Thursday, December 11, 2014
Seasonal light cycle, effects on chickens, rabbits, and work.
Here's a little piece on it. Essentially, chickens need 15 hours of light a day to lay, and we are getting somewhere around 10 hours of light a day at this point given our location. The official dawn today was 07:10, and dusk will be at 16:18. Living where we do dawn comes a bit later, and dusk a bit earlier which I guess puts us closer to 9 hours a day of light. We could supplement light the way we supplement our gardens through the use of a light bulb in the coop, but we have decided given the cost/benefit analysis that we are just going to not run a crazy long extension cord through the snow to get eggs during the winter, and just accept fewer eggs for now. When it would just be a couple hours a day if we need eggs we may start putting on lighting for the chickens.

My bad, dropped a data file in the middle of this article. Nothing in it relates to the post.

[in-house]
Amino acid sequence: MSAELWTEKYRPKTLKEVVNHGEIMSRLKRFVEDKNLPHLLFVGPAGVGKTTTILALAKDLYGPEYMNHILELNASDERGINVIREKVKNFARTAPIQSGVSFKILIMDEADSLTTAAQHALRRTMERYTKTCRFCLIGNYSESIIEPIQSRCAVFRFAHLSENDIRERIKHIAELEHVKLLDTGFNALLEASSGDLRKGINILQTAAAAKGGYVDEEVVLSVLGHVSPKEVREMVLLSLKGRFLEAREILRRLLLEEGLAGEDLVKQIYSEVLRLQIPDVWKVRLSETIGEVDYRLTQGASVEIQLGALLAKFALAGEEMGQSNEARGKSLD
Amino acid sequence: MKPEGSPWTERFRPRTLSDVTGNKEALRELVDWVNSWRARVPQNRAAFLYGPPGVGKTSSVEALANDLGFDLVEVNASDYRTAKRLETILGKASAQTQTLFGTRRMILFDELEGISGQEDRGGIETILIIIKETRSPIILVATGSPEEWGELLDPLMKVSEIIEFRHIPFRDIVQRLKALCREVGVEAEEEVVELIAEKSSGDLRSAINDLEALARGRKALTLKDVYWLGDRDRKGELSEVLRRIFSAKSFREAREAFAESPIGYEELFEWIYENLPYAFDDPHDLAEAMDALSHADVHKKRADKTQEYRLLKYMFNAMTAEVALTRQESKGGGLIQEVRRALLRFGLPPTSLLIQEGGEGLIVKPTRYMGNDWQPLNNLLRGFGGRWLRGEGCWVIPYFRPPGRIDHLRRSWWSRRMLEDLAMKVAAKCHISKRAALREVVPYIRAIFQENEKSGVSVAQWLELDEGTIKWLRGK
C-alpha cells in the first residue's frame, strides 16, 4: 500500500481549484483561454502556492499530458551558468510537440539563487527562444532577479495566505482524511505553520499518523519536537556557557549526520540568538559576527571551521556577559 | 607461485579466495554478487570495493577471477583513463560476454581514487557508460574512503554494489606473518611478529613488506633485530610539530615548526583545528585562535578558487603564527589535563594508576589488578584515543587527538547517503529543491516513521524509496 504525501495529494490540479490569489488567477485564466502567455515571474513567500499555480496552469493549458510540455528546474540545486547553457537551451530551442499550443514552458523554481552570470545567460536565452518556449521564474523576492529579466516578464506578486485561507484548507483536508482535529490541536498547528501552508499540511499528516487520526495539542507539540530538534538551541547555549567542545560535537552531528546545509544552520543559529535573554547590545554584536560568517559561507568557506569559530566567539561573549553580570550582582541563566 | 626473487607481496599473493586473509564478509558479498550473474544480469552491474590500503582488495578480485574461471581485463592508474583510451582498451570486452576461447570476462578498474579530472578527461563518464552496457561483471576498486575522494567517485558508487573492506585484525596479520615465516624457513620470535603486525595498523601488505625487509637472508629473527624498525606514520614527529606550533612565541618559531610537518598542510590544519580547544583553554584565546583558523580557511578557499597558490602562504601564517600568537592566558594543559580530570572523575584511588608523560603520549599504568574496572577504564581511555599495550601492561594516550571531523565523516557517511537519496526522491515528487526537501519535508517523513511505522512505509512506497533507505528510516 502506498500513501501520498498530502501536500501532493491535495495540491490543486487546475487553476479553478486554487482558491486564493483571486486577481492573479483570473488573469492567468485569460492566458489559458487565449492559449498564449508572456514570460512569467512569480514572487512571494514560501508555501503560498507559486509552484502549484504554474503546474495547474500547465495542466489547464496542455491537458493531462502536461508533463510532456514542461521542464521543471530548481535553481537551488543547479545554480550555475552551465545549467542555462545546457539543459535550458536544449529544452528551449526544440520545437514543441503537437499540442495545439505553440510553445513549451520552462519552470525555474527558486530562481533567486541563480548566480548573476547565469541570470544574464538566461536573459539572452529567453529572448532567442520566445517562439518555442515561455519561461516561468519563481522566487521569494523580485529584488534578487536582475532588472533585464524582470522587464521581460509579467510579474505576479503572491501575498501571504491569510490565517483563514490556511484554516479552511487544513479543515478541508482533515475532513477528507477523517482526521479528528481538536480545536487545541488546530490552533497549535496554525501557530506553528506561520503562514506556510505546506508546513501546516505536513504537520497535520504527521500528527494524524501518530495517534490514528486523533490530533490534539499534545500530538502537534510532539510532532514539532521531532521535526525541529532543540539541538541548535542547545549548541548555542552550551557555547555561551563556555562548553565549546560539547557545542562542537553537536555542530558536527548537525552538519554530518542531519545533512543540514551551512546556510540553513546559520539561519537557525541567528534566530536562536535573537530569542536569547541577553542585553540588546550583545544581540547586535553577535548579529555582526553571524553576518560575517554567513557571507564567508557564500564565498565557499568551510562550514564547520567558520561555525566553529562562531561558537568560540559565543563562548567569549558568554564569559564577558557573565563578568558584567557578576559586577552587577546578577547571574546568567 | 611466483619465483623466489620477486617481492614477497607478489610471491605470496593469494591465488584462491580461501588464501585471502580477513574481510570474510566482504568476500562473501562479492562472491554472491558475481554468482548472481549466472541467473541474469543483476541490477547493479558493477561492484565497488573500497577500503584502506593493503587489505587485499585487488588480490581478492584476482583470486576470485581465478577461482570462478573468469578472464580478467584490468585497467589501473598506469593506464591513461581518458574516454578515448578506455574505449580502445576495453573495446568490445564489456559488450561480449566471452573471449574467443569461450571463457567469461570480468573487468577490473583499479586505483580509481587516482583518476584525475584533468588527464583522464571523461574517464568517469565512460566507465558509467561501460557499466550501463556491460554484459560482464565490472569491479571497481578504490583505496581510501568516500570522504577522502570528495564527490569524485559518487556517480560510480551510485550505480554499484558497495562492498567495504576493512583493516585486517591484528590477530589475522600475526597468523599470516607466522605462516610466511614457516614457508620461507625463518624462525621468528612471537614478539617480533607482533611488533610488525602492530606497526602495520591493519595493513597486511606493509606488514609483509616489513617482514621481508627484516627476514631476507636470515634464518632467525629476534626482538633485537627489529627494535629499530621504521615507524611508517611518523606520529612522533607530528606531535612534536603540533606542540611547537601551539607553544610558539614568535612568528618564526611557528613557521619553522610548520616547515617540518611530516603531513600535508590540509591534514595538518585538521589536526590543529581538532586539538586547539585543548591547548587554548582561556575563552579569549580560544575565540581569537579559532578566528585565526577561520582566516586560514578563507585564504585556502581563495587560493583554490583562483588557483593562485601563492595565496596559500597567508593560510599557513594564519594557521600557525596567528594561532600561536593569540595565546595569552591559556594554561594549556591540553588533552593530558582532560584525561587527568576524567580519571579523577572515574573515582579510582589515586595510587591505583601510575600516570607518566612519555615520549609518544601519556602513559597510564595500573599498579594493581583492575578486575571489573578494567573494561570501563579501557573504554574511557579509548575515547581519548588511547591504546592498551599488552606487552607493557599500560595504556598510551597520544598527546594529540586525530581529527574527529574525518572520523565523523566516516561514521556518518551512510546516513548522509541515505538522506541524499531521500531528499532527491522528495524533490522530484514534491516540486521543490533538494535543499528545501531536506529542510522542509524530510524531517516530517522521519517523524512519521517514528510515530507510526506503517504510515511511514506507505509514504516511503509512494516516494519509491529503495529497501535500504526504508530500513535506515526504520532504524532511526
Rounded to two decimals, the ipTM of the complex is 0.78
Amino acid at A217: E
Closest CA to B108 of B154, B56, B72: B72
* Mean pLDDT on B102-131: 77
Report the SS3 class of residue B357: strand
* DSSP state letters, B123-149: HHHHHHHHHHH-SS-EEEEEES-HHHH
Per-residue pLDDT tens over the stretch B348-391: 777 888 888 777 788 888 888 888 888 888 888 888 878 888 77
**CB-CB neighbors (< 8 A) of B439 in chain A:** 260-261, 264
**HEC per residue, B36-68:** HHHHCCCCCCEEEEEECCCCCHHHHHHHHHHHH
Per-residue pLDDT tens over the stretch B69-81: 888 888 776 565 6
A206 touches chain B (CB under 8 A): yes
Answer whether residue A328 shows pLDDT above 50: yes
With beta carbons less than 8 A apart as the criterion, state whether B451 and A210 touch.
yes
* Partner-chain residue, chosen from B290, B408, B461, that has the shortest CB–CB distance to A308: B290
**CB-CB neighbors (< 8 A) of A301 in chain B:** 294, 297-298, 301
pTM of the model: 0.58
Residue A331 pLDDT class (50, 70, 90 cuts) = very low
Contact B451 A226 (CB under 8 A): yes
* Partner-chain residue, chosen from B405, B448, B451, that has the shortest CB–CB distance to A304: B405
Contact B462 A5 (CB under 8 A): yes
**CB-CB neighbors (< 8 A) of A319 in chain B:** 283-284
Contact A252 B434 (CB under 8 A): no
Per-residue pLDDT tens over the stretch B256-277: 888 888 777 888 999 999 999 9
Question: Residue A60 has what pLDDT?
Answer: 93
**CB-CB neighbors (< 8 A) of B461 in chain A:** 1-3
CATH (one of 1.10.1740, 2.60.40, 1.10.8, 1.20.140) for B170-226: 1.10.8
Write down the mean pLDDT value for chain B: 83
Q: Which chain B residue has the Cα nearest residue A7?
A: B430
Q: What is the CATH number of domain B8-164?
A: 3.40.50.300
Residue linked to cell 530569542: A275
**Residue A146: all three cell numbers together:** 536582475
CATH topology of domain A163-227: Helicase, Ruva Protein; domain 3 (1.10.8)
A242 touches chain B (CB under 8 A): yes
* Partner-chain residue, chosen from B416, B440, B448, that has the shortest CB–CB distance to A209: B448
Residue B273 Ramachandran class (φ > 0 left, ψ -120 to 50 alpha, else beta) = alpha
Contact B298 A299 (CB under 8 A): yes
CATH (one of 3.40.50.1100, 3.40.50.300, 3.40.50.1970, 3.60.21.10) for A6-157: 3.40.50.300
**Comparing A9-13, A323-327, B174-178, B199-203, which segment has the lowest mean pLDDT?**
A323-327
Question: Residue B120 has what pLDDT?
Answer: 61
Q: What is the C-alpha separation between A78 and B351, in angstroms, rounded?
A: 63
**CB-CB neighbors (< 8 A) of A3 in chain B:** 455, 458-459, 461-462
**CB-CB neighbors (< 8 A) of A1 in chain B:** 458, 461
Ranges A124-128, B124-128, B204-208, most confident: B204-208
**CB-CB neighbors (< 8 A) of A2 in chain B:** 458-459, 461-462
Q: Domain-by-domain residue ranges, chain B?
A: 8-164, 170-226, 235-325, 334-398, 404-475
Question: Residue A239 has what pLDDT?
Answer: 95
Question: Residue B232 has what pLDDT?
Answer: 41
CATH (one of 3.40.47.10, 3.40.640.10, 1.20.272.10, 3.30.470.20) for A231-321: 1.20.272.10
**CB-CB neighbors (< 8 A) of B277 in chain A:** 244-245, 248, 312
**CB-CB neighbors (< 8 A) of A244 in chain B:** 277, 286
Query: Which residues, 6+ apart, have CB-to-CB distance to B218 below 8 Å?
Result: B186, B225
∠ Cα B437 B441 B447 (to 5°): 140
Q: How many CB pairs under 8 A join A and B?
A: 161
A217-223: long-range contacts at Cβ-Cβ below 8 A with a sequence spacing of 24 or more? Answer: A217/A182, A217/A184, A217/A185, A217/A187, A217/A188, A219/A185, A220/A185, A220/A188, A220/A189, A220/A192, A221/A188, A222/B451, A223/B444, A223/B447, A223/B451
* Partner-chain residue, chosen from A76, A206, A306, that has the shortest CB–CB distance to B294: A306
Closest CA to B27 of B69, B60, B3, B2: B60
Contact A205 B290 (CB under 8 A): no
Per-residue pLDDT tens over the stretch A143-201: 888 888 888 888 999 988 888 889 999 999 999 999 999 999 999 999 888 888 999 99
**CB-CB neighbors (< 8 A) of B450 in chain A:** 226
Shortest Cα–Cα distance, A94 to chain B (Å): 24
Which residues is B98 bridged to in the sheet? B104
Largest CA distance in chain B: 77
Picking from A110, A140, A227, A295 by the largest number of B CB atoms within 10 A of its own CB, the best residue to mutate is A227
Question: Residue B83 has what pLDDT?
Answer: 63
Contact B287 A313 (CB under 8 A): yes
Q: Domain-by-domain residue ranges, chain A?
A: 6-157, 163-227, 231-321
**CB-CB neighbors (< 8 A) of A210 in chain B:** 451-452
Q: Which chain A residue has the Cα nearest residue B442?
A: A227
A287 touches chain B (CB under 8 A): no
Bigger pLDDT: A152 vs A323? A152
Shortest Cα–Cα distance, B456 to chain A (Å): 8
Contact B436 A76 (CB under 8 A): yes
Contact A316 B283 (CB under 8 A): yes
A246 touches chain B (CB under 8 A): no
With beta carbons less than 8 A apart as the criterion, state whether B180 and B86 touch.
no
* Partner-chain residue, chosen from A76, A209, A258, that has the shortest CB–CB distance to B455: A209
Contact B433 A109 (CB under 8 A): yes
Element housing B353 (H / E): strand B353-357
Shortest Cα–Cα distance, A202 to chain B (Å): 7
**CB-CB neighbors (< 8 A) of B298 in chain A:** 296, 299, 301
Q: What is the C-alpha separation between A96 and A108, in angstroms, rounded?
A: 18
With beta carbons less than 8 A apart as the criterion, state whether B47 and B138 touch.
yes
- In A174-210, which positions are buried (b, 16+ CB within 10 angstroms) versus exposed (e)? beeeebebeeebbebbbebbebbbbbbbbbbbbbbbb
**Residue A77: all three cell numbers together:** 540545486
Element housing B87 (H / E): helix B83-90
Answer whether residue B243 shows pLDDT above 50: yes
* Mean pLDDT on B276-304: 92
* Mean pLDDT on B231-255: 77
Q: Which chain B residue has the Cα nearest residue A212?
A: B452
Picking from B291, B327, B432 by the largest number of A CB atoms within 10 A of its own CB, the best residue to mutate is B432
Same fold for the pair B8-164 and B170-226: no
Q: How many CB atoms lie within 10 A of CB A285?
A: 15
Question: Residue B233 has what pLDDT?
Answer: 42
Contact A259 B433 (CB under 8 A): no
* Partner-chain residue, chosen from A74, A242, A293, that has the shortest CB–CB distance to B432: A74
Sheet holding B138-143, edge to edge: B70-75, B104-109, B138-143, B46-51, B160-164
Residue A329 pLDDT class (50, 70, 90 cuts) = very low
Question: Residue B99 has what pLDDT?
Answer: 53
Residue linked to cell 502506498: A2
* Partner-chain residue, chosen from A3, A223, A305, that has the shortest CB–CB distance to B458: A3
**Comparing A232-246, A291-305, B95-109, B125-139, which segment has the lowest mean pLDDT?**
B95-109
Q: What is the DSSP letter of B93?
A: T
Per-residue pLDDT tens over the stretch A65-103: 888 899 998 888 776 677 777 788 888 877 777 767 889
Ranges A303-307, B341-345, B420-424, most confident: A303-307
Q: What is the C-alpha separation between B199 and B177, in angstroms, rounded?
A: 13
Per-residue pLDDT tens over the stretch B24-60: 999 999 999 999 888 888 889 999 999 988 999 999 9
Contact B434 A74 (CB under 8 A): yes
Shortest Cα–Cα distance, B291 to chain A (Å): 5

This is also something that has a strong effect on the rabbits, somewhat unsurprisingly. I haven't been able to find a good scientific paper that's more recent than 1934 (Here for your reference) about the effects of lighting on rabbits and pregnancy. From our experience though, and the experience of most others, rabbits aren't as willing to breed and are less likely to produce when there is less than 12 hours of light per day. We don't breed during the winter anyhow for health reasons for our does, and for survival rates and growth rates in the kits. But if we had a bad year as we did, and didn't have a reserve of meat we would want to be breeding, and it would be much more difficult to successfully do during this dark time of year than it is normally. Fortunately not a problem for us at this point, but definitely something worth noting.